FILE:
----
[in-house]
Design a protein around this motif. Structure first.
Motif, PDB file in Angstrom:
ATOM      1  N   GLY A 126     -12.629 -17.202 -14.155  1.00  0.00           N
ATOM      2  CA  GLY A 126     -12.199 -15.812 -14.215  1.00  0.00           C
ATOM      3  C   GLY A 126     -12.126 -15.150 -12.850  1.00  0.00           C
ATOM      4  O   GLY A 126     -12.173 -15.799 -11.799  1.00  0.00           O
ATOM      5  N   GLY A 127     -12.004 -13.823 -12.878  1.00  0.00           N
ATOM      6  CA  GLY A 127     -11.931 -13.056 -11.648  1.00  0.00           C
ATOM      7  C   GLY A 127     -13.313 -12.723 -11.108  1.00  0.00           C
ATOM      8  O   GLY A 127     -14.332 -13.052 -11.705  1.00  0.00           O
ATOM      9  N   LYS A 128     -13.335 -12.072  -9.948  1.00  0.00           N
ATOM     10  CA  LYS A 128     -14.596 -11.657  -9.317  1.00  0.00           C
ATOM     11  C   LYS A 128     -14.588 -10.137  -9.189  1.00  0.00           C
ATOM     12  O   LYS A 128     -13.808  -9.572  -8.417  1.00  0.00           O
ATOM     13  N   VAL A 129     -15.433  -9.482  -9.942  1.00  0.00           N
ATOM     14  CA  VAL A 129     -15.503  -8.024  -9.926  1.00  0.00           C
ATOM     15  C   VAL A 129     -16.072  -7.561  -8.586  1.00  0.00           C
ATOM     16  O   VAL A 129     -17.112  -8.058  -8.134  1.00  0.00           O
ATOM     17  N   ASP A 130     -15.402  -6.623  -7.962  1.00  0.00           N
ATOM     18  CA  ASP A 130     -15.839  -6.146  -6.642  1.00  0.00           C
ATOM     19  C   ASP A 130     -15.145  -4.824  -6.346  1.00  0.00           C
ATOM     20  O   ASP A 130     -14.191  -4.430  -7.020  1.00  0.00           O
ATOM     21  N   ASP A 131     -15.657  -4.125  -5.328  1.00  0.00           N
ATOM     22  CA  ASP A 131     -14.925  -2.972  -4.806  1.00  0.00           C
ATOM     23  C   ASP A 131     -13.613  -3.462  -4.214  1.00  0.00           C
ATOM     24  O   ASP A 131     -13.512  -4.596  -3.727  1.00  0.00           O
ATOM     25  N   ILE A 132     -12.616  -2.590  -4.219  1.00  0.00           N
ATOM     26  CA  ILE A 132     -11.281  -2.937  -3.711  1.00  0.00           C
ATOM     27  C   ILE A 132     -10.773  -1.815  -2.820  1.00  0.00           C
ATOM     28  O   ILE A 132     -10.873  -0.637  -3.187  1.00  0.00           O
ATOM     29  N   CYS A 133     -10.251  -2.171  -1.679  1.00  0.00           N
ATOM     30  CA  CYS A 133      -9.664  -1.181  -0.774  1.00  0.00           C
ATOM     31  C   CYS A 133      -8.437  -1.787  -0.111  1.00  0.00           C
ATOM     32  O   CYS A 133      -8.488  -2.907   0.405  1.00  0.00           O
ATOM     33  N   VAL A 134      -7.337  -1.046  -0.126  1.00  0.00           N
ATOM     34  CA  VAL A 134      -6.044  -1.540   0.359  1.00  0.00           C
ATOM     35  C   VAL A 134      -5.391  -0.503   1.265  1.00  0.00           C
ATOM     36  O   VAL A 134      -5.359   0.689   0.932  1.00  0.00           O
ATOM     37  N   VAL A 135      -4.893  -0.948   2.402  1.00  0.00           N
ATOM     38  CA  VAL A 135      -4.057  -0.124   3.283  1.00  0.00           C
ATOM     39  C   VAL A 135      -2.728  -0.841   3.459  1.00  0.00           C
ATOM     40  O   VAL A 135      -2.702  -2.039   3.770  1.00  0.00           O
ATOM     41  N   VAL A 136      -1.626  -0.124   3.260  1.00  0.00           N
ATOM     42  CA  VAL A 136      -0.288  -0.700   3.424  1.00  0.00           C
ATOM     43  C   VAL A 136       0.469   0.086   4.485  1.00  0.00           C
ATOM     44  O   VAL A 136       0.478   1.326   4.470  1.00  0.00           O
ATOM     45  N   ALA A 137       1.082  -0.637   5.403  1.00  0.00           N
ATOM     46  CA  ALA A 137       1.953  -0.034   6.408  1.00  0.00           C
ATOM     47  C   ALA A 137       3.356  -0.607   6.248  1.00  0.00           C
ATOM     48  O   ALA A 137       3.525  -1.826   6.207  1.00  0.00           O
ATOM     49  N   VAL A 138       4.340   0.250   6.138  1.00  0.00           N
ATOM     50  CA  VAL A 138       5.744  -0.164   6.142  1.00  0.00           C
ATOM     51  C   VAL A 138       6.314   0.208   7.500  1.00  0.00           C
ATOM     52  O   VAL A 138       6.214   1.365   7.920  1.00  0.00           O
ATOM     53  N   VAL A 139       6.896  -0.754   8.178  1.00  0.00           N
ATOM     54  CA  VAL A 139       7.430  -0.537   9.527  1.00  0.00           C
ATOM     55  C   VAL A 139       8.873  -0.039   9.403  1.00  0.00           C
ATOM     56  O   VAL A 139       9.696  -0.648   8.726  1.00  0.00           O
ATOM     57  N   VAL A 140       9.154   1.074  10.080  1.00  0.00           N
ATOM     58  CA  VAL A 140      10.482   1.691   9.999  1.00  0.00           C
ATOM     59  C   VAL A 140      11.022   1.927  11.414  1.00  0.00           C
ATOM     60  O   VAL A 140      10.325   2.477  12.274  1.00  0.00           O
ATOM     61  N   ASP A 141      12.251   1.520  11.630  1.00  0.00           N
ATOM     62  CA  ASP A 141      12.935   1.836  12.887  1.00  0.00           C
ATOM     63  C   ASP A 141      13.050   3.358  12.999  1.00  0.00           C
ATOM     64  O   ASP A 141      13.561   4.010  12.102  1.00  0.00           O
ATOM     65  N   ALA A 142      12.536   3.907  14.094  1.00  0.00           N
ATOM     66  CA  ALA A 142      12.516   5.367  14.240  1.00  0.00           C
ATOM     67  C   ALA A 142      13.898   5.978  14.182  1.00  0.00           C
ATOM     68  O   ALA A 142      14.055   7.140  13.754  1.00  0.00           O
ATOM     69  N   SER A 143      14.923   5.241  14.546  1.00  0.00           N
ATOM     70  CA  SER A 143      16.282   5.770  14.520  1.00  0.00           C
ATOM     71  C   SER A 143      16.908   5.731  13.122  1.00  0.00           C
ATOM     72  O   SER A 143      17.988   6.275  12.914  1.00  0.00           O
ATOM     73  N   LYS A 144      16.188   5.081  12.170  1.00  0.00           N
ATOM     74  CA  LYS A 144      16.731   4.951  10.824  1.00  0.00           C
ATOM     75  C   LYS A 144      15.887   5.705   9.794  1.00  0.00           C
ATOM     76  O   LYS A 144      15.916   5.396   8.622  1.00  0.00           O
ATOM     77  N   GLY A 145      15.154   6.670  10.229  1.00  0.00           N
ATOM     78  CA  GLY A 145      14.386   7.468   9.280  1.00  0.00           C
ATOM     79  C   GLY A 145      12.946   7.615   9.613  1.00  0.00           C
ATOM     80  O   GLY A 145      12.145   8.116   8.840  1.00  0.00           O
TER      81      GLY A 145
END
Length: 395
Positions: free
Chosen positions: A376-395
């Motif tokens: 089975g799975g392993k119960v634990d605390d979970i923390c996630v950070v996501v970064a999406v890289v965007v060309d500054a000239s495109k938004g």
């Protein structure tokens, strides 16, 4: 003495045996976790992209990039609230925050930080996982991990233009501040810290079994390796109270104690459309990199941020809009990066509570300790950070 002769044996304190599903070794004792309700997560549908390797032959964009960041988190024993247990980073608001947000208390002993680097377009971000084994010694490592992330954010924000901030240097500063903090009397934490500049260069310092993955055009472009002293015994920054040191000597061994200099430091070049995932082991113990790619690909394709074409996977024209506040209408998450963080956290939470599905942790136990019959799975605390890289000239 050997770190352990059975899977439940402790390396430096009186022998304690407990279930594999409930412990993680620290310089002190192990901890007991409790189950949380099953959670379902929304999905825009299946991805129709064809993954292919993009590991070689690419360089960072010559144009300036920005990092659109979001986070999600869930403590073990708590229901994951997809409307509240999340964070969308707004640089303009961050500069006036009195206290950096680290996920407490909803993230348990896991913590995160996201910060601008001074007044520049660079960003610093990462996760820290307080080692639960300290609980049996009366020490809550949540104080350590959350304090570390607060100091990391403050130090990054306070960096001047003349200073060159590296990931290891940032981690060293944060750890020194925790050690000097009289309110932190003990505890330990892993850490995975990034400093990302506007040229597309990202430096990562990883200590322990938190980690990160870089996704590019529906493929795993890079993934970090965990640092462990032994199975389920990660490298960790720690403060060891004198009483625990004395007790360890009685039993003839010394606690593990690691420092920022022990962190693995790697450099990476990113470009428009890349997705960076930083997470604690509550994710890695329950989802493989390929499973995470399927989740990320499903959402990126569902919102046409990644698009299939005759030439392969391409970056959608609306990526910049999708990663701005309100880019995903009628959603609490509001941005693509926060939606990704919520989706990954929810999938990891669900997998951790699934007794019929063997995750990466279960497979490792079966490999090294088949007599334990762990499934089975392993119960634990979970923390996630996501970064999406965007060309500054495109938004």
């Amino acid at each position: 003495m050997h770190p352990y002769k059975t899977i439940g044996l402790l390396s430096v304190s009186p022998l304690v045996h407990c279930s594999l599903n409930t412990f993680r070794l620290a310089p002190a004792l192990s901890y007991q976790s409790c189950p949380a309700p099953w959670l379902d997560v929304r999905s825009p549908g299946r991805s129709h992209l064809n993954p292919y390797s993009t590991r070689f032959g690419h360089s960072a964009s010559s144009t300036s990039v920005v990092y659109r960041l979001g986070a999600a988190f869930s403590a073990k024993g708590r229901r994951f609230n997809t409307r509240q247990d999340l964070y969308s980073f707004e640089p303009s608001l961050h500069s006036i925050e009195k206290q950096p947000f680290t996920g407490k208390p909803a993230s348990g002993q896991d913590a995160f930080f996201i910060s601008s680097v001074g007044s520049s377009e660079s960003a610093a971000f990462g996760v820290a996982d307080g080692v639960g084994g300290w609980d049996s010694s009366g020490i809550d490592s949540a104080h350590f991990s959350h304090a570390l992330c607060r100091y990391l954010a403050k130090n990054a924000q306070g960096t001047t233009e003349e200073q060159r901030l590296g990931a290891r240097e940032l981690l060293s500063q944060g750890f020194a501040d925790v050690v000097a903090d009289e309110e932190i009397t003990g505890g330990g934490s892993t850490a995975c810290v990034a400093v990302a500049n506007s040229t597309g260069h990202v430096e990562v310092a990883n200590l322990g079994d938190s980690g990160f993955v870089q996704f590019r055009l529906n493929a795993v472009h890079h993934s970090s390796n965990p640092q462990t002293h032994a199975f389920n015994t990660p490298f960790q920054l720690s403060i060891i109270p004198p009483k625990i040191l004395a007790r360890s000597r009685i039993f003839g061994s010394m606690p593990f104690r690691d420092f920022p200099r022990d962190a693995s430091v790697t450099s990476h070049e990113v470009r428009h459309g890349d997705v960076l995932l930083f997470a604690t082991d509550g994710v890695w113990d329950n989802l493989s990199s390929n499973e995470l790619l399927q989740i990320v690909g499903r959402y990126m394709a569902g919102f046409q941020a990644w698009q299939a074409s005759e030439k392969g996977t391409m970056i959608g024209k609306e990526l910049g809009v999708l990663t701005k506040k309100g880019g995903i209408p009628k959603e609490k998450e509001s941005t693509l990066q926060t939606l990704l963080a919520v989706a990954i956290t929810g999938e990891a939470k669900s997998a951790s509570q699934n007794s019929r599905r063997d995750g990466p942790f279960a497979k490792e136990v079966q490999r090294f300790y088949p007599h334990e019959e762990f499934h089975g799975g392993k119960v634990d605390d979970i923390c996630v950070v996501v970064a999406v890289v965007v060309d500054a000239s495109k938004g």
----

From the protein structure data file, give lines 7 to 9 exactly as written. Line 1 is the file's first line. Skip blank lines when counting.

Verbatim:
ATOM      4  O   GLY A 126     -12.173 -15.799 -11.799  1.00  0.00           O
ATOM      5  N   GLY A 127     -12.004 -13.823 -12.878  1.00  0.00           N
ATOM      6  CA  GLY A 127     -11.931 -13.056 -11.648  1.00  0.00           C